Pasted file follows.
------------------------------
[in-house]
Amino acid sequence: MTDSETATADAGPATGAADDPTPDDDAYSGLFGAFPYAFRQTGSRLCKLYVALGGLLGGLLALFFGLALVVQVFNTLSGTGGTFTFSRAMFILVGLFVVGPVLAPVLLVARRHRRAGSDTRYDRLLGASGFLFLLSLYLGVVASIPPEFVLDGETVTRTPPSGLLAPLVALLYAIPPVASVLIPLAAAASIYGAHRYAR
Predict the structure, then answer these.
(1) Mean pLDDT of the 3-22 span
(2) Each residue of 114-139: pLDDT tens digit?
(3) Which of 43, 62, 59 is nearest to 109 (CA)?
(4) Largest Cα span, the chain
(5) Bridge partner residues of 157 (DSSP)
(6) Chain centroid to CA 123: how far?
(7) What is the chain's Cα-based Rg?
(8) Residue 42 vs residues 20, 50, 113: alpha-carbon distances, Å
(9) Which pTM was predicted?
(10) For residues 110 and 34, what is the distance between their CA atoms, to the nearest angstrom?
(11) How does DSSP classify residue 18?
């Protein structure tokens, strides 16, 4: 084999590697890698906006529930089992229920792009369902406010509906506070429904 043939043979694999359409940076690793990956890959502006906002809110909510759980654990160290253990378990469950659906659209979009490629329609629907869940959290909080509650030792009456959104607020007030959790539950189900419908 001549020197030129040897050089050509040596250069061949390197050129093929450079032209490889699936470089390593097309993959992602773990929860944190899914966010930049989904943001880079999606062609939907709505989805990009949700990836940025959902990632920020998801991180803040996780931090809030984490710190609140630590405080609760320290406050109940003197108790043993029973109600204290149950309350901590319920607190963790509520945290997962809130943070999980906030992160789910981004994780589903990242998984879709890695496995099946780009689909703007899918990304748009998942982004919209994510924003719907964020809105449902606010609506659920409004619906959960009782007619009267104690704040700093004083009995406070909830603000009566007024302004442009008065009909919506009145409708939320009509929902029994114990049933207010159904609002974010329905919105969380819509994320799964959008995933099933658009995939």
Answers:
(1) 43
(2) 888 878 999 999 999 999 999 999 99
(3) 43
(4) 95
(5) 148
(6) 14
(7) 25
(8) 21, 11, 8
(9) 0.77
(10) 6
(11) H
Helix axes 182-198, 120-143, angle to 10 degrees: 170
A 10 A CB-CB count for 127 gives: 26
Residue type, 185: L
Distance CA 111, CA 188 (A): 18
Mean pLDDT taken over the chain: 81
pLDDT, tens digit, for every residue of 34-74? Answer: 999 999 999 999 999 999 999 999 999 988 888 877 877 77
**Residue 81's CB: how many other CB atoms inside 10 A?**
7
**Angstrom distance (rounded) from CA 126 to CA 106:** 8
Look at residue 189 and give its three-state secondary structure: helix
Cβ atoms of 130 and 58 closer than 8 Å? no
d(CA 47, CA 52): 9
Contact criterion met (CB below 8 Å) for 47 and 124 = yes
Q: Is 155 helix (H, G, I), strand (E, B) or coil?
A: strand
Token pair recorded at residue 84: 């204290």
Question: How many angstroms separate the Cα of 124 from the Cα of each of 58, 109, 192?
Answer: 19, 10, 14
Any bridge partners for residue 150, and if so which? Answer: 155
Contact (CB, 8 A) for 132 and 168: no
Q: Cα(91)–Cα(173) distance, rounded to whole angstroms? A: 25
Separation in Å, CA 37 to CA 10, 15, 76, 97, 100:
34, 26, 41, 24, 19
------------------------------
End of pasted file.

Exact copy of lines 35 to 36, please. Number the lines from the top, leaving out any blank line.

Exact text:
7
**Angstrom distance (rounded) from CA 126 to CA 106:** 8